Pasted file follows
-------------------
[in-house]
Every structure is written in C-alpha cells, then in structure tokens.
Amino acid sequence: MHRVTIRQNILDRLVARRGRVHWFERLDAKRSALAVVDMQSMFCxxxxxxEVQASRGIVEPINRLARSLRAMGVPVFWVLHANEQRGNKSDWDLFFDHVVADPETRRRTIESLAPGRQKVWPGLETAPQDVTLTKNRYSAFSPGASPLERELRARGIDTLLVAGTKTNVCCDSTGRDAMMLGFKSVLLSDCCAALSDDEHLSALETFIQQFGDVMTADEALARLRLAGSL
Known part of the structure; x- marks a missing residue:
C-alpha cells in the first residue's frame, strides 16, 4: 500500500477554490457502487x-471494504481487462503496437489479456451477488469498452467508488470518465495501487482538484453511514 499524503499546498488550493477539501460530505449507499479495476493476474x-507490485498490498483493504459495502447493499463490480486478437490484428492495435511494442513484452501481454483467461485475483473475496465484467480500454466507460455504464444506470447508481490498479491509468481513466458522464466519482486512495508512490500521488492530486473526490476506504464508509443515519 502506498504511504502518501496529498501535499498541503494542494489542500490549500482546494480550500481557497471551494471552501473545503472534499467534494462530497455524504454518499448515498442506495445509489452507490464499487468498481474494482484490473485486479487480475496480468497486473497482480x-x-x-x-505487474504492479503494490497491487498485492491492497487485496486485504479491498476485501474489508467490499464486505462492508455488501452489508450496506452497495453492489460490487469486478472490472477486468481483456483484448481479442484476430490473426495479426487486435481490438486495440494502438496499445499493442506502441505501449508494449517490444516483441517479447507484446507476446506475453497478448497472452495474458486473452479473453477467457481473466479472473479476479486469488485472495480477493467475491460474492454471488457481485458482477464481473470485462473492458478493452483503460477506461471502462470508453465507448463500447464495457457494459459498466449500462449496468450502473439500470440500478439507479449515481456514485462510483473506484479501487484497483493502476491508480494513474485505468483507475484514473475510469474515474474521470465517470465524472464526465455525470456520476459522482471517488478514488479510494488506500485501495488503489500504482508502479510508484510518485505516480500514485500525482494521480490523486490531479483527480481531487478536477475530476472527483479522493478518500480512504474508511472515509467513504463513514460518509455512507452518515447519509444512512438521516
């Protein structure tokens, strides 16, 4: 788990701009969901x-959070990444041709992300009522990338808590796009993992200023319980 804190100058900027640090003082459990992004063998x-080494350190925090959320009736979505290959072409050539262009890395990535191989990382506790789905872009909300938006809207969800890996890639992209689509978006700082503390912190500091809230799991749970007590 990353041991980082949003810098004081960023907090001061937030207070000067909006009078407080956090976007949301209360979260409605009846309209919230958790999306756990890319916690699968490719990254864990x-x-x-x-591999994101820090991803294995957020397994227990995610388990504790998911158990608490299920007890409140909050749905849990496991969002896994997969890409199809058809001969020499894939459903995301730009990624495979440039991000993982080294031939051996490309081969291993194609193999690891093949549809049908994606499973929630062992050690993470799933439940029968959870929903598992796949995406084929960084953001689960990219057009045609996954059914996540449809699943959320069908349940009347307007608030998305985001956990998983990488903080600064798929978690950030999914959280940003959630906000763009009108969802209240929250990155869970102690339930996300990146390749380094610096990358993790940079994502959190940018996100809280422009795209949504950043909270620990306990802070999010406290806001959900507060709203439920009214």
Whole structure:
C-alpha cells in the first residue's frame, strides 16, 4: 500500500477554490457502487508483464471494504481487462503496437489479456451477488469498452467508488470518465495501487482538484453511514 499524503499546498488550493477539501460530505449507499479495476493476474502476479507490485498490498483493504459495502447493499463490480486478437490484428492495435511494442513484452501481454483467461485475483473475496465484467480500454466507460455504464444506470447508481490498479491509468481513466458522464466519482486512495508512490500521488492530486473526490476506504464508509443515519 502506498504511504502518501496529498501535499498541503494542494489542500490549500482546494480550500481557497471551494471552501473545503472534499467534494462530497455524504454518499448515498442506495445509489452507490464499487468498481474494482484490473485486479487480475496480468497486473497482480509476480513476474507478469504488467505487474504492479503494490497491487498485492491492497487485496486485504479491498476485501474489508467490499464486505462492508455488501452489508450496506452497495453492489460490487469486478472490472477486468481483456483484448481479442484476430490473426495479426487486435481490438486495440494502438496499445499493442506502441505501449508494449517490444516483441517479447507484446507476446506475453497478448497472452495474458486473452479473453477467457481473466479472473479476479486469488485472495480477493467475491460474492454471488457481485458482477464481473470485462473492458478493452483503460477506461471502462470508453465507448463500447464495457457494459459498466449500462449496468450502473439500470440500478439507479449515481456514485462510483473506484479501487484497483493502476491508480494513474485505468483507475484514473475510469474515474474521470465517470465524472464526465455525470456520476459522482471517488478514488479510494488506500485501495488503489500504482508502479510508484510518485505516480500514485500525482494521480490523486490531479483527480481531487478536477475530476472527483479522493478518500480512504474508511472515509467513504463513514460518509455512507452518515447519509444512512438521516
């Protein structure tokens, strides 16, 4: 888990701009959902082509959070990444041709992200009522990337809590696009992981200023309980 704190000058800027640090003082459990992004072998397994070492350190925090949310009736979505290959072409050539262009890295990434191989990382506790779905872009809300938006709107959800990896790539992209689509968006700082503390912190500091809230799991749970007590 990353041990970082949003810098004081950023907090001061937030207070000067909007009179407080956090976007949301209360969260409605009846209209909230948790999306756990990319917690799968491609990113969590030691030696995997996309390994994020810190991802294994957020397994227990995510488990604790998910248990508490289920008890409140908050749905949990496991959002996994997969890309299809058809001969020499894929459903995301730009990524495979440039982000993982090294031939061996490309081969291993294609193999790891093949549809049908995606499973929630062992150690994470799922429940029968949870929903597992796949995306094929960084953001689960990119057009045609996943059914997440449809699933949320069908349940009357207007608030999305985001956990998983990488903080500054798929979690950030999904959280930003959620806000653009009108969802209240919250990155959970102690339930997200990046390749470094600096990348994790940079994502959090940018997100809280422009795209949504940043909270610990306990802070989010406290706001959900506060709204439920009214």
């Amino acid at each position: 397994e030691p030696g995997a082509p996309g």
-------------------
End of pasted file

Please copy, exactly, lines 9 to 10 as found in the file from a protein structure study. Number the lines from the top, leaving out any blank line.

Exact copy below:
């Protein structure tokens, strides 16, 4: 888990701009959902082509959070990444041709992200009522990337809590696009992981200023309980 704190000058800027640090003082459990992004072998397994070492350190925090949310009736979505290959072409050539262009890295990434191989990382506790779905872009809300938006709107959800990896790539992209689509968006700082503390912190500091809230799991749970007590 990353041990970082949003810098004081950023907090001061937030207070000067909007009179407080956090976007949301209360969260409605009846209209909230948790999306756990990319917690799968491609990113969590030691030696995997996309390994994020810190991802294994957020397994227990995510488990604790998910248990508490289920008890409140908050749905949990496991959002996994997969890309299809058809001969020499894929459903995301730009990524495979440039982000993982090294031939061996490309081969291993294609193999790891093949549809049908995606499973929630062992150690994470799922429940029968949870929903597992796949995306094929960084953001689960990119057009045609996943059914997440449809699933949320069908349940009357207007608030999305985001956990998983990488903080500054798929979690950030999904959280930003959620806000653009009108969802209240919250990155959970102690339930997200990046390749470094600096990348994790940079994502959090940018997100809280422009795209949504940043909270610990306990802070989010406290706001959900506060709204439920009214």
């Amino acid at each position: 397994e030691p030696g995997a082509p996309g």